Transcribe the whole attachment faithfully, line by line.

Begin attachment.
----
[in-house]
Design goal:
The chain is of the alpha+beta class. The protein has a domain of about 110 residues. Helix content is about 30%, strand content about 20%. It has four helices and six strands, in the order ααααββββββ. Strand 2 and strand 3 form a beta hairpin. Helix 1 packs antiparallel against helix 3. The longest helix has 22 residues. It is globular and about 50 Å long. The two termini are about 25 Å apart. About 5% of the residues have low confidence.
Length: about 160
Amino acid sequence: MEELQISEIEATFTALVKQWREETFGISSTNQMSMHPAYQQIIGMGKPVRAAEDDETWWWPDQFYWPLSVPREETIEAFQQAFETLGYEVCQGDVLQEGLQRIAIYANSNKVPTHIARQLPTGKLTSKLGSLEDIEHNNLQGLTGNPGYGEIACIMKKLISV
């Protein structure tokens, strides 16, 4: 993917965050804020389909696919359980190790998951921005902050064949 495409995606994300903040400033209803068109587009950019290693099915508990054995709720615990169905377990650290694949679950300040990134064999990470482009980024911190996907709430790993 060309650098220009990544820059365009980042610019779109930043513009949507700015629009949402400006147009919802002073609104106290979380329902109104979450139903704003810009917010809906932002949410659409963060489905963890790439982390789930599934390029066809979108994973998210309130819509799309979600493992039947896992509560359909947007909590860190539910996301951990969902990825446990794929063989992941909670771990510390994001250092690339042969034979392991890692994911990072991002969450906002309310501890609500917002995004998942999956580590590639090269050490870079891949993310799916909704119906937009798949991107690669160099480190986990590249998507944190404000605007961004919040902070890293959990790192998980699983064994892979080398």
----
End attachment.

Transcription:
[in-house]
Design goal:
The chain is of the alpha+beta class. The protein has a domain of about 110 residues. Helix content is about 30%, strand content about 20%. It has four helices and six strands, in the order ααααββββββ. Strand 2 and strand 3 form a beta hairpin. Helix 1 packs antiparallel against helix 3. The longest helix has 22 residues. It is globular and about 50 Å long. The two termini are about 25 Å apart. About 5% of the residues have low confidence.
Length: about 160
Amino acid sequence: MEELQISEIEATFTALVKQWREETFGISSTNQMSMHPAYQQIIGMGKPVRAAEDDETWWWPDQFYWPLSVPREETIEAFQQAFETLGYEVCQGDVLQEGLQRIAIYANSNKVPTHIARQLPTGKLTSKLGSLEDIEHNNLQGLTGNPGYGEIACIMKKLISV
């Protein structure tokens, strides 16, 4: 993917965050804020389909696919359980190790998951921005902050064949 495409995606994300903040400033209803068109587009950019290693099915508990054995709720615990169905377990650290694949679950300040990134064999990470482009980024911190996907709430790993 060309650098220009990544820059365009980042610019779109930043513009949507700015629009949402400006147009919802002073609104106290979380329902109104979450139903704003810009917010809906932002949410659409963060489905963890790439982390789930599934390029066809979108994973998210309130819509799309979600493992039947896992509560359909947007909590860190539910996301951990969902990825446990794929063989992941909670771990510390994001250092690339042969034979392991890692994911990072991002969450906002309310501890609500917002995004998942999956580590590639090269050490870079891949993310799916909704119906937009798949991107690669160099480190986990590249998507944190404000605007961004919040902070890293959990790192998980699983064994892979080398």